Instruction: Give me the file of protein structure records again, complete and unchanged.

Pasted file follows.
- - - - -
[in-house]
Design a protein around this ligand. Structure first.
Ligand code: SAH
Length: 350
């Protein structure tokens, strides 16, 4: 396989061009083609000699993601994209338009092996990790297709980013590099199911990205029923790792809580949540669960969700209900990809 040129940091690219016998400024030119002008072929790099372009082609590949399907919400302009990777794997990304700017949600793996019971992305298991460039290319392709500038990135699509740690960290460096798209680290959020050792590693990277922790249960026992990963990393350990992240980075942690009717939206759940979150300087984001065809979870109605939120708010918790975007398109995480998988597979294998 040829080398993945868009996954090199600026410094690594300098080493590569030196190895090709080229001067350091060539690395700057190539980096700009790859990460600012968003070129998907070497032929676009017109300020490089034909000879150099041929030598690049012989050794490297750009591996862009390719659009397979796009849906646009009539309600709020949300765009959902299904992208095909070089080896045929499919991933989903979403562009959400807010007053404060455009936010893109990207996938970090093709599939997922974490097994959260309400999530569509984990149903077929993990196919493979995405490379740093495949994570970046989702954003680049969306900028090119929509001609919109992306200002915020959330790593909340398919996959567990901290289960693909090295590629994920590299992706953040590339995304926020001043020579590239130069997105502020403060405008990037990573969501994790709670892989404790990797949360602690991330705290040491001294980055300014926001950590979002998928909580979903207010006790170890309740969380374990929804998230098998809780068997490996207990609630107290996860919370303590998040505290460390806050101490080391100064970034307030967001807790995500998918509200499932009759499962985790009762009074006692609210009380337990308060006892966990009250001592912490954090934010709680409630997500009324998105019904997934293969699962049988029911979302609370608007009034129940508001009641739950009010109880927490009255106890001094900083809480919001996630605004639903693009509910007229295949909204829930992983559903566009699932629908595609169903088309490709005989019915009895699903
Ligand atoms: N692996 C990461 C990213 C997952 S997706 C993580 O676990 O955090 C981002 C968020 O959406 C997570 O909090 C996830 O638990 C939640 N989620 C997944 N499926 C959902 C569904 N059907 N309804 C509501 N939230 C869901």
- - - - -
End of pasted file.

[in-house]
Design a protein around this ligand. Structure first.
Ligand code: SAH
Length: 350
């Protein structure tokens, strides 16, 4: 396989061009083609000699993601994209338009092996990790297709980013590099199911990205029923790792809580949540669960969700209900990809 040129940091690219016998400024030119002008072929790099372009082609590949399907919400302009990777794997990304700017949600793996019971992305298991460039290319392709500038990135699509740690960290460096798209680290959020050792590693990277922790249960026992990963990393350990992240980075942690009717939206759940979150300087984001065809979870109605939120708010918790975007398109995480998988597979294998 040829080398993945868009996954090199600026410094690594300098080493590569030196190895090709080229001067350091060539690395700057190539980096700009790859990460600012968003070129998907070497032929676009017109300020490089034909000879150099041929030598690049012989050794490297750009591996862009390719659009397979796009849906646009009539309600709020949300765009959902299904992208095909070089080896045929499919991933989903979403562009959400807010007053404060455009936010893109990207996938970090093709599939997922974490097994959260309400999530569509984990149903077929993990196919493979995405490379740093495949994570970046989702954003680049969306900028090119929509001609919109992306200002915020959330790593909340398919996959567990901290289960693909090295590629994920590299992706953040590339995304926020001043020579590239130069997105502020403060405008990037990573969501994790709670892989404790990797949360602690991330705290040491001294980055300014926001950590979002998928909580979903207010006790170890309740969380374990929804998230098998809780068997490996207990609630107290996860919370303590998040505290460390806050101490080391100064970034307030967001807790995500998918509200499932009759499962985790009762009074006692609210009380337990308060006892966990009250001592912490954090934010709680409630997500009324998105019904997934293969699962049988029911979302609370608007009034129940508001009641739950009010109880927490009255106890001094900083809480919001996630605004639903693009509910007229295949909204829930992983559903566009699932629908595609169903088309490709005989019915009895699903
Ligand atoms: N692996 C990461 C990213 C997952 S997706 C993580 O676990 O955090 C981002 C968020 O959406 C997570 O909090 C996830 O638990 C939640 N989620 C997944 N499926 C959902 C569904 N059907 N309804 C509501 N939230 C869901």